You have to be at work at 9am. It takes you an hour to get there (door to door), and an hour for you to get ready. What time do you need to get up...? 7am.
This is how most of us plan our journeys, so why not translate this to our businesses?
Specifically for us at Creative Fashion Services focusing on the manufacturing side of the fashion industry, we believe that working backwards may help you to plan better.
Let us create a scenario:
You hope to sell garments that sit alongside brands like Ted Baker, Reiss, and Allsaints.
Your dresses are around £200 retail. You plan to sell through an online marketplace where they take 20% commission from each sale made.
£200 (dress retail cost) - 20% (commission from online marketplace) = £160
So now you know that you will have £160 left per dress that will pay towards the costs for the following:
Marketing & Pr - online, offline, social media and photography etc
Delivery costs (some things you order you may have to pay for.)
Brand labels, care labels (maybe swing tags)
Fabrics - main fabrics, lining, interfacing
Trims - fastenings and appliques etc
Rent for your office/place of work
Administration costs - stationary
Manufacturing costs - (how much each garment costs to make, (cut and sew only).)
Assuming you have calculated all of the costs except manufacturing how much do you have left?
We have copied the same list below (as above) with some costs associated, so that we can get a better idea of how much we will have for manufacturing, again per dress sold after commission (£160)
Marketing & Pr - online, offline, social media and photography etc £10
Packaging costs £1
Incoming Delivery costs (some things you order you may have to pay for.) £3
Brand labels, care labels (maybe swing tags) £3
Fabrics - main fabrics, lining, interfacing £40
Development costs £20 (pattern cutting, toiling and sampling based on selling 30 dresses, the more dresses you sell the more the development cost goes down)
Trims - fastenings and appliques etc £10
Rent for your office/place of work £3
Administration costs - stationary £1
operational costs £10
Manufacturing costs - (how much each garment costs to make?)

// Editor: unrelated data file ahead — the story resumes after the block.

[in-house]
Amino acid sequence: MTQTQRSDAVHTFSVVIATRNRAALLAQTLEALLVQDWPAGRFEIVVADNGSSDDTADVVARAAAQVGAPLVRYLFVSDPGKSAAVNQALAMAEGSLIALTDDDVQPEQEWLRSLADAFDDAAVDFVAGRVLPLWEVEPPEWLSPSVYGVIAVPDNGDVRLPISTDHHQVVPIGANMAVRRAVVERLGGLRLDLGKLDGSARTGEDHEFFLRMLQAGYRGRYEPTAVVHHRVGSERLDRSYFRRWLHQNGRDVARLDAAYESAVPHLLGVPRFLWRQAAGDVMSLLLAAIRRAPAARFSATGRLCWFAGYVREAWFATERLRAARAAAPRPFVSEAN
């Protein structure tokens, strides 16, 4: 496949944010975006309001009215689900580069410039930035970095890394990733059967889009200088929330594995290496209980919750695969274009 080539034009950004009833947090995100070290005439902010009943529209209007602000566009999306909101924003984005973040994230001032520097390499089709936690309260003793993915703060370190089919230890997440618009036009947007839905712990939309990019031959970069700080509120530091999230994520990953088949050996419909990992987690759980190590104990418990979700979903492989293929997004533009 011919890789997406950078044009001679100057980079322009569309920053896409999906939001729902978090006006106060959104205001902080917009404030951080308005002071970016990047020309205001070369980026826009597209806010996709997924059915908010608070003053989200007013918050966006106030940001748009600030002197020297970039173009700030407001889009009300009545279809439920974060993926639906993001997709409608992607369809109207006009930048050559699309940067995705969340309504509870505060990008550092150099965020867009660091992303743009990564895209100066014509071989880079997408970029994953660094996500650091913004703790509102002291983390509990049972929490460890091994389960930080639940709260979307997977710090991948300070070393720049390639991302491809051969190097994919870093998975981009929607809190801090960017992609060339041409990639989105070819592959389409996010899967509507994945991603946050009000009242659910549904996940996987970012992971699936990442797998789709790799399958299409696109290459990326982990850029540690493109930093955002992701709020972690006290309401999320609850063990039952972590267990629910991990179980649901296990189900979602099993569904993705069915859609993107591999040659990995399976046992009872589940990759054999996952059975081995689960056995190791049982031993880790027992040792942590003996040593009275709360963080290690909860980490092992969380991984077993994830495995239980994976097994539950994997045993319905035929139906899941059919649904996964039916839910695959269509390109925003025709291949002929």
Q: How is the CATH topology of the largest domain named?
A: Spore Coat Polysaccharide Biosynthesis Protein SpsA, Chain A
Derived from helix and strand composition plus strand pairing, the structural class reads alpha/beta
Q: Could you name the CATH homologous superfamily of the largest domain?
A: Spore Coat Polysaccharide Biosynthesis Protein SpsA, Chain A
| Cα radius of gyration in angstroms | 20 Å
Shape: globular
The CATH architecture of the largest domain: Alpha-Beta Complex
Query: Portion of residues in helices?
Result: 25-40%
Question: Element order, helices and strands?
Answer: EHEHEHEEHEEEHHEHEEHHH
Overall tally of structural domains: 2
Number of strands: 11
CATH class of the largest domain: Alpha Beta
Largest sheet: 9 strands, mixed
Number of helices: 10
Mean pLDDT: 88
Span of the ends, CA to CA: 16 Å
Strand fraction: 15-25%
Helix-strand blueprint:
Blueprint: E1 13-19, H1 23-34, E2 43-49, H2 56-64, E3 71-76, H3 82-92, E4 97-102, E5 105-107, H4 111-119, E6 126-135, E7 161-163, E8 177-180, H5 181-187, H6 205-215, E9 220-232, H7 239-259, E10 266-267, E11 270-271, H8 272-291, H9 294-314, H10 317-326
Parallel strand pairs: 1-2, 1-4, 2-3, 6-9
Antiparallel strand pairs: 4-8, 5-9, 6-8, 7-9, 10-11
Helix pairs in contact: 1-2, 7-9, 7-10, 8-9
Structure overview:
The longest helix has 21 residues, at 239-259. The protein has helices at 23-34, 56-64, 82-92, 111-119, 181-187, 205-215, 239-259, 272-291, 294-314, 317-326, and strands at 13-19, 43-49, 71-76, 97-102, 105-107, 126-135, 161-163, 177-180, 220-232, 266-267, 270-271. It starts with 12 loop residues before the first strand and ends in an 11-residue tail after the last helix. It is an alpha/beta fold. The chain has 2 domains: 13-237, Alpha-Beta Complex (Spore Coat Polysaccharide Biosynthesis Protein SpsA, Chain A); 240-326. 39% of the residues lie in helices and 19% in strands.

(We have left some things out like margin of sales in this example, this scenario is just an approximation and not based on costings.)
Adding all of those costs together = £131 leaving us with £29 for manufacturing.
How feasible is it?
We now need to see how feasible it is to get the dress made (cut & sewn) for £29. (We will assume that we are seeking a UK manufacturer in this example.)
We can now maybe contact manufacturers, ask them what their minimum order quantities (MOQs) are and then find out whether they can manufacture said dress for £29 per piece?
If you are unable to find a manufacturer that can work to your budget, then maybe you need to find a bigger manufacturing budget by shaving off some of your other costs?
Or maybe your retail price needs to be increased?
Or maybe the dress cannot be made as it is, or at all?
Some fashion brands do drop styles because of the cost to produce.
Your brand, like all brands do, has a market position, and if your dress becomes too expensive will your market pay for it?
We created this scenario, to illustrate that you can do a lot of work beforehand on your brand, before you approach a manufacturer.
You should know your market? How much your garments will cost? Where you intend to sell?
We have had many conversations with designers who say that once they find out how much the manufacturing is, then they will decide their retail price.
We say why not try Working Backwards.
Please do let us know your thoughts and experience.